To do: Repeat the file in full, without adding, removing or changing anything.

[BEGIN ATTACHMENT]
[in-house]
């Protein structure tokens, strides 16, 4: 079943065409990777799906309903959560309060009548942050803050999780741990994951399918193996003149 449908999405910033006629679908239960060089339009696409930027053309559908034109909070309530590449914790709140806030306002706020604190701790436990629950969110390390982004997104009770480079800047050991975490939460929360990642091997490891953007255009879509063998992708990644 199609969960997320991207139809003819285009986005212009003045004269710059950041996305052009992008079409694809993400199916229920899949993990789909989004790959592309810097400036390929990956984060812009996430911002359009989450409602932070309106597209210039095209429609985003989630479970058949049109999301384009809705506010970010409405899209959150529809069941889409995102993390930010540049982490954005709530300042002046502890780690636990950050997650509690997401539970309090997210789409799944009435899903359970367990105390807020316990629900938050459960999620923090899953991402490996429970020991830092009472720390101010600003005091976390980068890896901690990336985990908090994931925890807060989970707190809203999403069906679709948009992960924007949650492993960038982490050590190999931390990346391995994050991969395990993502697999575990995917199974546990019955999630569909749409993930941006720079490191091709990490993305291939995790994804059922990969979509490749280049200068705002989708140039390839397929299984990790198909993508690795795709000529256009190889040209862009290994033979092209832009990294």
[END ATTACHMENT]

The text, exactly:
[in-house]
């Protein structure tokens, strides 16, 4: 079943065409990777799906309903959560309060009548942050803050999780741990994951399918193996003149 449908999405910033006629679908239960060089339009696409930027053309559908034109909070309530590449914790709140806030306002706020604190701790436990629950969110390390982004997104009770480079800047050991975490939460929360990642091997490891953007255009879509063998992708990644 199609969960997320991207139809003819285009986005212009003045004269710059950041996305052009992008079409694809993400199916229920899949993990789909989004790959592309810097400036390929990956984060812009996430911002359009989450409602932070309106597209210039095209429609985003989630479970058949049109999301384009809705506010970010409405899209959150529809069941889409995102993390930010540049982490954005709530300042002046502890780690636990950050997650509690997401539970309090997210789409799944009435899903359970367990105390807020316990629900938050459960999620923090899953991402490996429970020991830092009472720390101010600003005091976390980068890896901690990336985990908090994931925890807060989970707190809203999403069906679709948009992960924007949650492993960038982490050590190999931390990346391995994050991969395990993502697999575990995917199974546990019955999630569909749409993930941006720079490191091709990490993305291939995790994804059922990969979509490749280049200068705002989708140039390839397929299984990790198909993508690795795709000529256009190889040209862009290994033979092209832009990294």